by Edwina Robinson 11 August 2016

orange banner

Fancy picking healthy snacks from your own trees? 

Whether you own your own place, are renting or still living with family you can grow fruit trees in large pots and take them with you. Alternatively grow them in the ground. 

They’ll need around six hours of sunlight a day, good quality potting mix or soil and regular water and organic fertiliser.

Here’s five relatively hardy small fruit trees to get you started.

Fig (Ficus carica)

fig tree

Fig tree with immature fruit. Photo: Wikipedia

Figs are a tough but handsome deciduous tree from the Middle East. They usually bear fruit during the summer months and may yield one or two flushes.  Eat the gooey insides with your favourite cheese.

A number of varieties are available such as ‘Black Genoa’ and ‘Brown Turkey’. Figs can be grown relatively easily from cuttings – so see if a friend or neighbor is happy to supply you with cuttings. 

Why not try out different sorts of fruits at the Farmers’ Market before you choose which ones varieties you prefer.

Quince (Cydonia oblonga)

quince tree with pink flowers

Pale pink flowers appear in spring on the quince followed by the fruits. Photo: Public Image Domain

Quince belong to the apple family. Maggie Beer seems to have influenced the comeback of this humble fruit with sales of her ruby coloured quince paste.  Quince paste is not hard to make – it’s a concoction of quince, water, sugar and lemon zest and requires a long slow cooking.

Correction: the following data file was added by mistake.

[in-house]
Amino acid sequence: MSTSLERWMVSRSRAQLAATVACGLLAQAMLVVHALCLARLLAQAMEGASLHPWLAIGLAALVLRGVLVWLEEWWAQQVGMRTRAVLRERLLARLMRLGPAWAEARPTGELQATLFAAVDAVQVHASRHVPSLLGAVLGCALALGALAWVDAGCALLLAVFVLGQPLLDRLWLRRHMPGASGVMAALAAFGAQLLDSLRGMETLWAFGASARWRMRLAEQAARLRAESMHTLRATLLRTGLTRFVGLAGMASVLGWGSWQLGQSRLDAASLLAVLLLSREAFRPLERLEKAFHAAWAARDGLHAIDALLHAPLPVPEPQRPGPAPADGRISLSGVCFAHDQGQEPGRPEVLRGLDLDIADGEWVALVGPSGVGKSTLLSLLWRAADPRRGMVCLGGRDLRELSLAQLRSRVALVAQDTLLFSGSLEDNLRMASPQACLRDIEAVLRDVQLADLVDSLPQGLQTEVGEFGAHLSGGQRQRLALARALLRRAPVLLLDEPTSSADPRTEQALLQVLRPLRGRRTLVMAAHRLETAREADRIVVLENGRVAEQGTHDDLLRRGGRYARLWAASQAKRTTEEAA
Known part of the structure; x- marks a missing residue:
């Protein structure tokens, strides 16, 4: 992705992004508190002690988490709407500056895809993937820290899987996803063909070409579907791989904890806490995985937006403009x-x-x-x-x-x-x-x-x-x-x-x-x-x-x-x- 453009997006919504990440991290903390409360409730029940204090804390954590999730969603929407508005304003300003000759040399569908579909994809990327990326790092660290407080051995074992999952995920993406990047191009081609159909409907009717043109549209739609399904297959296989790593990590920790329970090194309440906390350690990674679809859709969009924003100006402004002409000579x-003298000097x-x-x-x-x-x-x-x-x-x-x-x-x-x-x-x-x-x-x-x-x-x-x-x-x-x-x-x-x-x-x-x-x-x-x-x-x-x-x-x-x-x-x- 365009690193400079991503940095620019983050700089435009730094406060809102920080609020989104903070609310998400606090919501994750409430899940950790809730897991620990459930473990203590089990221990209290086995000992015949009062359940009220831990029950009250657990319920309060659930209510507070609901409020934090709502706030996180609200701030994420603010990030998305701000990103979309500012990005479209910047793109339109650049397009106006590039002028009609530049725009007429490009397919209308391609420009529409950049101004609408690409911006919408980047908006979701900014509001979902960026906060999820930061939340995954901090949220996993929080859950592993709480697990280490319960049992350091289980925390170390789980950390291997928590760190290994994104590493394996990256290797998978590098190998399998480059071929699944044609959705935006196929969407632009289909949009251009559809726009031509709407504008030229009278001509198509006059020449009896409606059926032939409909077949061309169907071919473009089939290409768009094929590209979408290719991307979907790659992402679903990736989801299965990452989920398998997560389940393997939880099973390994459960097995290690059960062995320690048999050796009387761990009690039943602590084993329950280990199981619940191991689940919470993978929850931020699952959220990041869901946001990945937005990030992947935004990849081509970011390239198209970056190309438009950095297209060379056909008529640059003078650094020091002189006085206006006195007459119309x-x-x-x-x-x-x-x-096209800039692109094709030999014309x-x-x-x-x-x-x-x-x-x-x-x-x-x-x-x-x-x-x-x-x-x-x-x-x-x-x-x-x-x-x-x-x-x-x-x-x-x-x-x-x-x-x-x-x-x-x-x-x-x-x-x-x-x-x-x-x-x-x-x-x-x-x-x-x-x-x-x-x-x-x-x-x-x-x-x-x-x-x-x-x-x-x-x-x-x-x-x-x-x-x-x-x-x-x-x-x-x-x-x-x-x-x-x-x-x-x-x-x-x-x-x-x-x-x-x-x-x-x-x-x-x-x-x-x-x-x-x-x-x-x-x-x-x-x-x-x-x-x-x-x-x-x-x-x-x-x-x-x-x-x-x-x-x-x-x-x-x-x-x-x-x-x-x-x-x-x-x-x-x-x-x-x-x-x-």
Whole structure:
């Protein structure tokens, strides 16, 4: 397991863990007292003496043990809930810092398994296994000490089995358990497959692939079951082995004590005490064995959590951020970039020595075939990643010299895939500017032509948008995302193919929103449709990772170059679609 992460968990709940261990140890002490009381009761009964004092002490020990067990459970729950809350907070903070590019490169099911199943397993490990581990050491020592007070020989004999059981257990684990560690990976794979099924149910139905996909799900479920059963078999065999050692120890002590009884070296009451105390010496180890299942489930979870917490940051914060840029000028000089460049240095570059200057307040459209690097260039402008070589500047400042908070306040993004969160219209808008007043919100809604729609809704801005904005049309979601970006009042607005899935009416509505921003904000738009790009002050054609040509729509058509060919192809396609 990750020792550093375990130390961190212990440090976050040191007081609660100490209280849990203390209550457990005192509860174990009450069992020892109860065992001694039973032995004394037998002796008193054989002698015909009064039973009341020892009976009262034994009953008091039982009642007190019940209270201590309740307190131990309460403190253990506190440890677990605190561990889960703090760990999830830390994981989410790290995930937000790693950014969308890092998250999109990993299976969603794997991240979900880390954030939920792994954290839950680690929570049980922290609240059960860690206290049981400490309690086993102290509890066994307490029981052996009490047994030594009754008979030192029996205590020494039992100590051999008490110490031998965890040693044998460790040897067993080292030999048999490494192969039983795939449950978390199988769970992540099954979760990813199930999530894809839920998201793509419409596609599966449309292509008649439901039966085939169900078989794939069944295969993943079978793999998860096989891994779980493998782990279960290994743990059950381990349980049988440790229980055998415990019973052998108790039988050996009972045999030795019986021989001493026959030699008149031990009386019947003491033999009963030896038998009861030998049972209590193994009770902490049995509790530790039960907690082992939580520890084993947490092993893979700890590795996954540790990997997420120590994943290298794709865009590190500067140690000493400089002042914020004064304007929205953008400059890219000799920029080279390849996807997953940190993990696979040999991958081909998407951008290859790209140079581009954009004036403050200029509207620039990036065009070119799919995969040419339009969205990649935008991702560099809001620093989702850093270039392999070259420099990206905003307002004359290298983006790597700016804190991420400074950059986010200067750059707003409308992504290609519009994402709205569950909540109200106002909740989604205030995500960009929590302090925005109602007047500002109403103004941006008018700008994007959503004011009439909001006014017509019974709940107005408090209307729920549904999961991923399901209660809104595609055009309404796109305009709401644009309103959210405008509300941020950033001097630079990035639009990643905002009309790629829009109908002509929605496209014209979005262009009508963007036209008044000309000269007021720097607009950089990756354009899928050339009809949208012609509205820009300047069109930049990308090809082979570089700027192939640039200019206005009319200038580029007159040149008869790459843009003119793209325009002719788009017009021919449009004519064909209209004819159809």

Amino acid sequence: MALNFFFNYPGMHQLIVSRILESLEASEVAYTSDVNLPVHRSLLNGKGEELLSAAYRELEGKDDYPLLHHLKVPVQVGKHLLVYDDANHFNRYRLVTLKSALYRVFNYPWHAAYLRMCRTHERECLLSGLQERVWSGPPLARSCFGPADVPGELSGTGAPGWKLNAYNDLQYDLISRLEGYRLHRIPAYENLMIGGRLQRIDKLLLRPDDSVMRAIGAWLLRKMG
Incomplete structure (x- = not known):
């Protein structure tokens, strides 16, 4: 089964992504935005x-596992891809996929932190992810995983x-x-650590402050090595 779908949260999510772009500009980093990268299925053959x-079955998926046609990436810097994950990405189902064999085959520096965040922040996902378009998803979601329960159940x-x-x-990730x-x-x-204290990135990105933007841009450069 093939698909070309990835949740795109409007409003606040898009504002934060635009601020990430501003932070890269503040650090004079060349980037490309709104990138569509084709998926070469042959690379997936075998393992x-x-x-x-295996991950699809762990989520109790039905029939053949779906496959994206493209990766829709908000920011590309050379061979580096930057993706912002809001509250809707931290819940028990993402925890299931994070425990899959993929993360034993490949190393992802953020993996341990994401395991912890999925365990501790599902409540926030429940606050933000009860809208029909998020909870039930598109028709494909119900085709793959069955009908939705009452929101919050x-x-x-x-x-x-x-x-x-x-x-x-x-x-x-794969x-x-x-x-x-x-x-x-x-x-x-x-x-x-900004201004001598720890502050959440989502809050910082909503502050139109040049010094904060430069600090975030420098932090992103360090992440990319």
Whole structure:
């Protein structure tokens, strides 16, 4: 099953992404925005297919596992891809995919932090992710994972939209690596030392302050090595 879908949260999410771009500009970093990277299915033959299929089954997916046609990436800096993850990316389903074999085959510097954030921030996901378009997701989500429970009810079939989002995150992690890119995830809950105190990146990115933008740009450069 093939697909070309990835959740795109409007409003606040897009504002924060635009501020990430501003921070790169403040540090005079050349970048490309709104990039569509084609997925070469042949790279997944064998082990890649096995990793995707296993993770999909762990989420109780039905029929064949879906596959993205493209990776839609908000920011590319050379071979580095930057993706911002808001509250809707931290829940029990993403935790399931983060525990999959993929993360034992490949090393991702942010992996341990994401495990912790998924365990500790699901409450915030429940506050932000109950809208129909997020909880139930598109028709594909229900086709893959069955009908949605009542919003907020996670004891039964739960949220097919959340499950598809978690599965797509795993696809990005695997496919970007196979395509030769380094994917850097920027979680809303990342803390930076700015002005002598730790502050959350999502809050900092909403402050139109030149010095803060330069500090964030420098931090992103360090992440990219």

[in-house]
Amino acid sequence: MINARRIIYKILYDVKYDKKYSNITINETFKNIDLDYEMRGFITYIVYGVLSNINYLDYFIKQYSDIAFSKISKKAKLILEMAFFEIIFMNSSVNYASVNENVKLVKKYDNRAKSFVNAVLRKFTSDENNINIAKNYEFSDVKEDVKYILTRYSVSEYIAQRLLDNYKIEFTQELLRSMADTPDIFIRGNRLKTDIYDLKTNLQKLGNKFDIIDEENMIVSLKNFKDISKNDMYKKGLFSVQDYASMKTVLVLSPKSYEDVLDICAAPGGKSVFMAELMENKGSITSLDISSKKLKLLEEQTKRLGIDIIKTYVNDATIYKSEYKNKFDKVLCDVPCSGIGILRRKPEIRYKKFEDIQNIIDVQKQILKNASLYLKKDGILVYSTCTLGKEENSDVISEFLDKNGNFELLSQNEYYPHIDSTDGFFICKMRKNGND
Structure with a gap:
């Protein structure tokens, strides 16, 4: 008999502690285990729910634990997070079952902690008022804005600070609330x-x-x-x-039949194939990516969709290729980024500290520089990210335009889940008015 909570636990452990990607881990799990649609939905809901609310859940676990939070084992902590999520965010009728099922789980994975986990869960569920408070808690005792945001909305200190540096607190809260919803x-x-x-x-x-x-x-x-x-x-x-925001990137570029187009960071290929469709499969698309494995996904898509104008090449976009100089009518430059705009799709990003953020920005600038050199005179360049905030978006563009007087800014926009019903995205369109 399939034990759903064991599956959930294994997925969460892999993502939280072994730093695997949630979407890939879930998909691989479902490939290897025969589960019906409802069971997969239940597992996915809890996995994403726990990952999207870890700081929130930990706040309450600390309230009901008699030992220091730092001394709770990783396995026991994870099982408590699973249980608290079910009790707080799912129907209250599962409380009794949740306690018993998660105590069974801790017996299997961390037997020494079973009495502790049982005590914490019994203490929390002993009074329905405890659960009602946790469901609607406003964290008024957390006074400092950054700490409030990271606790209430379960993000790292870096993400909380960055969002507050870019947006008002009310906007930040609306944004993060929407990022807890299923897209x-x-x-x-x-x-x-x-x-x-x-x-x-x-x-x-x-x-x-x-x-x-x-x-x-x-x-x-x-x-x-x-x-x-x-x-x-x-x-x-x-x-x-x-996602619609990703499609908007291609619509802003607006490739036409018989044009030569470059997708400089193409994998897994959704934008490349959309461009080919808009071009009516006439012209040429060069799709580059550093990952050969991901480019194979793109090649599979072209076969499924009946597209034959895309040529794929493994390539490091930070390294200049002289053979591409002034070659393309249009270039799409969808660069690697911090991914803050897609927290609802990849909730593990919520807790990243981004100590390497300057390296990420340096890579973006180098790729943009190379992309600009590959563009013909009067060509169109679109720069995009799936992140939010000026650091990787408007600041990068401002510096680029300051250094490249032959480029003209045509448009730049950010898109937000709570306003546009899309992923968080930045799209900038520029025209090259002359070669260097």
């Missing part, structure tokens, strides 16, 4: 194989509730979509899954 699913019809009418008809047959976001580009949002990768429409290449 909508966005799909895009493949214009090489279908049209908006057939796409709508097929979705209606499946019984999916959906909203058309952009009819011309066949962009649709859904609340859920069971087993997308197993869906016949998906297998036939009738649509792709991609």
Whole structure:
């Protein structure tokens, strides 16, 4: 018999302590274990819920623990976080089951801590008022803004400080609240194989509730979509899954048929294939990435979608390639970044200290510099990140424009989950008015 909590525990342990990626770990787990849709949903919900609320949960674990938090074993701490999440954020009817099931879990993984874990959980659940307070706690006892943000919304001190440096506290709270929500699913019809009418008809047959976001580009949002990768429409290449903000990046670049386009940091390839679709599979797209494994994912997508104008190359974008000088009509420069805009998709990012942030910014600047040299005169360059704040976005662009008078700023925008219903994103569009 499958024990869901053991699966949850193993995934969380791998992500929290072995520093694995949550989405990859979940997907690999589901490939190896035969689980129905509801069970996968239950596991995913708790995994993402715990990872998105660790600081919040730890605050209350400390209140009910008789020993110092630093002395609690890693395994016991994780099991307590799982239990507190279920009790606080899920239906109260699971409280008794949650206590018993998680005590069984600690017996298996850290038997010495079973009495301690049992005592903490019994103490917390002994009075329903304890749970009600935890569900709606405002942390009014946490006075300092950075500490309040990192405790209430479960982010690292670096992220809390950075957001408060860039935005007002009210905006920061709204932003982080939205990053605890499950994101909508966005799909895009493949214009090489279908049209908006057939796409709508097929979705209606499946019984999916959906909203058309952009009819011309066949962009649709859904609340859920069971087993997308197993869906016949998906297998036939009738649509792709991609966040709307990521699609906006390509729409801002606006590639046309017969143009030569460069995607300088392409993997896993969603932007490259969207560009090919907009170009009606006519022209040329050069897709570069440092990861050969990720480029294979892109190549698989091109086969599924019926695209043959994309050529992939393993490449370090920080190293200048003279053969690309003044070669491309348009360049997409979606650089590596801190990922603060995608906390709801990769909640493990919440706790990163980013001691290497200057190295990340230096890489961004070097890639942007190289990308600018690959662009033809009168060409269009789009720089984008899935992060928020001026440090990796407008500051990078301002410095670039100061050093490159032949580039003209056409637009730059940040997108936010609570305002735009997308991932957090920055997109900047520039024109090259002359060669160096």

quince paste with cheese and biscuits

Quince paste with cheese and biscuits makes a great snack. Photo: KMJ Photography Australia

Quince paste recipe

Quinces are deciduous and have pretty pink flowers followed by an almost pear-like fruit. Fruits ripen to a yellow in autumn, and will keep inside in a bowl for long periods.

There are a number of varieties available locally, including ‘Smyrna’.

Mulberry (Morus nigra)

silkworm feeding on mulberry tree

Silkworm feeding on mulberry leaves. Photo: Wikipedia

This is a tree from my Sydney childhood. Kids from our street would sit perched in the tree snacking on the berries and pretending that our stained skin was bloody.

Morus ‘Hicks Fancy’ is a small deciduous trees and bears its fruit on new season’s growth around November and December.

Freeze excess berries and add to smoothies.

Orange (Citrus sinensis ‘Navel’)

orange tree

Orange tree. Photo: Pixabay

Navel oranges can perform well in Canberra particularly if placed in front of masonry wall that’s heated by the sun. Trees are evergreen with glossy green leaves and have fragrant white flowers and awesome fruits during winter.

These oranges are great quartered with the zesty scent penetrating the room, or try combining them in a cake that uses almond flour and boiled oranges. Yum.

Lemon (Citrus x meyeri)

meyer lemon

A thriving lemon in a back garden. Photo .imelda Flickr

Meyer Lemons are cold tolerant and well suited to Canberra’s climate. Like the navel variety of oranges they do well if placed in front of a masonry wall. Their white flowers are fragrant and leaves are evergreen.

Lemons go with everything – tea, g & t, stir fries and in sore throat remedies.

water drink & lemons

Photo: Pexels

Growing fruit trees can be incredibly rewarding. Enjoy.

To learn more about growing organically visit Canberra Organic Growers

living sustainably

Click to expand sitemap